“According to author Donald A. Mackenzie: “The Indian form of myth of the Churning of the Milky Ocean reached Japan. In a Japanese illustration of it the mountain rests on a tortoise, and the supreme god sits on the summit, grasping in one of his hands a water vase. The Japanese Shinto myth of creation, as related in the Ko-ji-ki and Nihon-gi, is likewise a churning myth. Twin deities, Izanagi, the god, and Izanami, the goddess, sand on “the floating bridge of heaven” and thrust into the ocean beneath the “Jewel Spear of Heaven”. With this pestle they churn the primeval waters until they curdle and form land.”

(source: Myths of Pre-Columbian America – By Donald A. Mackenzie p.190-191).

 

The distinguished Japanese scholar, Mr. J. Taka Kusu, says: ” But I should like to emphasize the fact that the influence of India, material and intellectual, must have been much greater in an earlier period than we at present consider to have been the case. There were, for instance, several Indians, whom the Kuroshiwo current, washing almost the whole southern coast, brought to the Japanese shore.” He further says, ” It cannot be denied that several Indians came to Japan, especially in view of so many Indians finding their way to China by sea.”

He then relates how a Brahmin Bodhisen Bharadvaja, known generally as the “Brahmin Bishop” came with another priest from India via Champa (Cochin China) to Osaka, then to Nara, where they met another Indian ascetic and taught Sanskrit to the Japanese. “His monastery and tombstone, with a written eulogy, still exist in Nara. Just at the time a Japanese alphabet or syllables is said to have been invented. The fifty syllables, Gojuin, are arranged by a hand, evidently with a practical knowledge of Sanskrit method.”

 

Citation.

http://www.salagram.net/VWHChinaJapanKorea.html

Saraswati Is Benzaiten Japanese God Of Eloquence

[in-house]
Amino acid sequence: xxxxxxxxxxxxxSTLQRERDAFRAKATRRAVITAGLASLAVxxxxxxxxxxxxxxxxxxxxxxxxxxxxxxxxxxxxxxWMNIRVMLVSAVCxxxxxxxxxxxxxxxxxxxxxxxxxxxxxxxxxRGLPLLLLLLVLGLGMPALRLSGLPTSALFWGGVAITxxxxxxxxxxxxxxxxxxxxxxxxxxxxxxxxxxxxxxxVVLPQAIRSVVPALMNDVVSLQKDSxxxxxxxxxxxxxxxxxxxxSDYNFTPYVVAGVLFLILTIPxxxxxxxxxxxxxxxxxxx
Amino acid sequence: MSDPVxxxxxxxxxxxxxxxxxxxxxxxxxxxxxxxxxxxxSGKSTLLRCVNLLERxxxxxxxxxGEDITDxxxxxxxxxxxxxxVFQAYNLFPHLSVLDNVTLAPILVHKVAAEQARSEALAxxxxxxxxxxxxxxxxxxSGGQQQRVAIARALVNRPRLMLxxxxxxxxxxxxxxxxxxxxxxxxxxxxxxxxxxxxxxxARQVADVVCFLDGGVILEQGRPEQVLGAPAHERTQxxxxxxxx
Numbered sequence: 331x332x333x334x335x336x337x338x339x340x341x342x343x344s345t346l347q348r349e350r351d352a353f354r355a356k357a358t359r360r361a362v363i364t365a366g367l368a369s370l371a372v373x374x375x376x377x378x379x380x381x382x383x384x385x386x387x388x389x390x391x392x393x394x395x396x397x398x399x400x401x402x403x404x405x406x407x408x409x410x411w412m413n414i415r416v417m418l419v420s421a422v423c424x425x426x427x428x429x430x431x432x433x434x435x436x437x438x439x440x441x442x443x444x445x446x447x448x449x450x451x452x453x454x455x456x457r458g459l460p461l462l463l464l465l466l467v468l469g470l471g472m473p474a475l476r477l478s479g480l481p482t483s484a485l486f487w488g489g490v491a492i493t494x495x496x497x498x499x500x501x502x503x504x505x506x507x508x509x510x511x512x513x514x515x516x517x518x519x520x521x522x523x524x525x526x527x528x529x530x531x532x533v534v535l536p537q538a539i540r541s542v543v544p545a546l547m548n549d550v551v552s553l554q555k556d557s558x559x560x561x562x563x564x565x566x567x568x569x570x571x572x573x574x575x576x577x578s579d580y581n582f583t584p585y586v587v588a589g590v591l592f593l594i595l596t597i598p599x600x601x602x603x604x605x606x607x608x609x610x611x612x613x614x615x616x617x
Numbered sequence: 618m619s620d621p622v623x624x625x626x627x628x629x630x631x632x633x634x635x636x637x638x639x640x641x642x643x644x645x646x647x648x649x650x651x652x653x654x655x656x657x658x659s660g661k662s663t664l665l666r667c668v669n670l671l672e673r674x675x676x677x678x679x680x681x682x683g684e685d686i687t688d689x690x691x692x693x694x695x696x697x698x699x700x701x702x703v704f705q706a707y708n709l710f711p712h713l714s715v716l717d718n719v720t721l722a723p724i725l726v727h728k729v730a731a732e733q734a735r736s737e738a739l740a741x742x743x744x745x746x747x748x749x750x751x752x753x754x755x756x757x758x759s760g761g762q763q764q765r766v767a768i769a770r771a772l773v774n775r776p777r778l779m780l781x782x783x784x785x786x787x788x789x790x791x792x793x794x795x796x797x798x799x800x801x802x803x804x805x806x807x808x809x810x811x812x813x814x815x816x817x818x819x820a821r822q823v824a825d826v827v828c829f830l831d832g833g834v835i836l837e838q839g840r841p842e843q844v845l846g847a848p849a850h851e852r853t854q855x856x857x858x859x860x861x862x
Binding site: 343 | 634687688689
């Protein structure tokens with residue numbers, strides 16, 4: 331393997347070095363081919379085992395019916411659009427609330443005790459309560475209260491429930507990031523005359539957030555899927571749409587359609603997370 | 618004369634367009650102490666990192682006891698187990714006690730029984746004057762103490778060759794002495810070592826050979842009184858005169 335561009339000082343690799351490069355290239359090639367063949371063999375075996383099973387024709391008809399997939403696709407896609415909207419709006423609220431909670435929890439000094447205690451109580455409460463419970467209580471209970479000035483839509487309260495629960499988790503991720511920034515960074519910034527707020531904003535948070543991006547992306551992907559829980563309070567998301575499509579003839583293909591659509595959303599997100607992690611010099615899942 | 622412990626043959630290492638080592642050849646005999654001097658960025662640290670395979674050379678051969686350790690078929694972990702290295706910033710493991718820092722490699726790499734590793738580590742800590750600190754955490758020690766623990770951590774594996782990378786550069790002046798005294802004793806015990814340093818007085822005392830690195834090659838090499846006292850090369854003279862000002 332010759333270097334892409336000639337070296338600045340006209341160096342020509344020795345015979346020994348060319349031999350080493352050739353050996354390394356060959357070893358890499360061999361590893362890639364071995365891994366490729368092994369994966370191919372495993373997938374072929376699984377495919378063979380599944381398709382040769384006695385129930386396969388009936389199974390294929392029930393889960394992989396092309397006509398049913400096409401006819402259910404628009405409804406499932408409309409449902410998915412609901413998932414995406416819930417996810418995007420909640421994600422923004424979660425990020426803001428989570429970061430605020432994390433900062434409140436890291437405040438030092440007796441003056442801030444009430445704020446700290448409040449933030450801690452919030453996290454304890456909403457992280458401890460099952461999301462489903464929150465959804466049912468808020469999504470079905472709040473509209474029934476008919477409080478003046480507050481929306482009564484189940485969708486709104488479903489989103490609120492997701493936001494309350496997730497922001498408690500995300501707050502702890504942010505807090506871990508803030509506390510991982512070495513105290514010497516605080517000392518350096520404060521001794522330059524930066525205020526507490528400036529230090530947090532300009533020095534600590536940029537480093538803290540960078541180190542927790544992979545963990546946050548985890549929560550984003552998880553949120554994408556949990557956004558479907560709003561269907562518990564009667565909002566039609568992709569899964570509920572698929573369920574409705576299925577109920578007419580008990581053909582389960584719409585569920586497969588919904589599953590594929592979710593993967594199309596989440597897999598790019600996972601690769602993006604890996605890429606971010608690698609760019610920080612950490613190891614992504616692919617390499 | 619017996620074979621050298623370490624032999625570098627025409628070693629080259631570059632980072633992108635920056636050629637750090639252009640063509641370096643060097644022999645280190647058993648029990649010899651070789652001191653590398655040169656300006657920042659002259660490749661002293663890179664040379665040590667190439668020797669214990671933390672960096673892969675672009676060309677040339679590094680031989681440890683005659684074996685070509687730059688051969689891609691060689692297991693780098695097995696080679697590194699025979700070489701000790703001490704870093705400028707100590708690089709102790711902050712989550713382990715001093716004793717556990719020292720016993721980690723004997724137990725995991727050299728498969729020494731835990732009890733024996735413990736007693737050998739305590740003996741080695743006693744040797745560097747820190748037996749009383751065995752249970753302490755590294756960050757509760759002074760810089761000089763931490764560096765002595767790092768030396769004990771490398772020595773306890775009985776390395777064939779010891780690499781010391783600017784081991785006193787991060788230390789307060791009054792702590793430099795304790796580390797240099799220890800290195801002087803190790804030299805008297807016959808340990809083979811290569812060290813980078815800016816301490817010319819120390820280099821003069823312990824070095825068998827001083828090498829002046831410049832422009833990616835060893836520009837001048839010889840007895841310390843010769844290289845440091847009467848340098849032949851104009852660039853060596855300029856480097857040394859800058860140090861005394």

In Hinduism, Hindusim on December 17, 2014 at 18:53

Yet another evidence that Sanatana Dharma existed throughout the world , later carried to various parts,modified to suit the local customs.

That those customs were also similar to those followed by Sanatana Dharma.

Goddess Saraswati.jpg

Saraswati,Goddess of Learning in Hinduism

 

Benzaiten (, ) is the Japanese name of the goddess Saraswati; there was an important river in ancient India of this name (see Vedic Saraswati River). Worship of Benzaiten arrived in Japan during the 6th through 8th centuries, mainly via the Chinese translations of theSutra of Golden Light“, which has a section devoted to her. She is also mentioned in the Lotus Sutra.

Her Sanskrit name isSarasvatî Devî“, which meansflowing water“, and so Benzaiten is the goddess of everything that flows: water, words (and knowledge, by extension), speech, eloquence, and music. The characters used initially to write her name, readBiancaitianin Chinese andBensaitenin Japanese (辯才天), reflected her role as the goddess of eloquence. Because the Sutra of Golden Light promised protection of the state, in Japan she became a protector-deity, at first of the state and then of people. Lastly, she became one of the Seven Gods of Fortune, and the Sino-Japanese characters used to write her name changed to 弁財天 (Benzaiten), which reflects her role in bestowing monetary fortune. Sometimes she is called Benten, although this name refers to the goddess Lakshmi.

Statue of Benzaiten with a torii on her head.jpg

Hogonji in Nagahama, Shiga prefecture, Japan. Statue of Benzaiten with a torii on her head

In the Rig-Veda (6.61.7) Sarasvati is credited with killing the three-headed Vritra, also known as Ahi (“snake“). This is probably one of the sources of Sarasvati/Benzaitens close association with snakes and dragons in Japan. She is enshrined on the Island of Enoshima in Sagami Bay, about 50 kilometers south of Tokyo, and numerous other locations throughout Japan; and she and a five-headed dragon are the central figures of the Enoshima Engi, a history of the shrines on Enoshima written by the Japanese Buddhist monk Kokei (皇慶) in AD 1047. According to Kokei, Benzaiten is the third daughter of the dragon-king of Munetsuchi (無熱池; literallylake without heat“), known in Sanskrit as Anavatapta, the lake lying at the center of the world according to an ancient Buddhistcosmological view.

 

Citation.

http://en.wikipedia.org/wiki/Benzaiten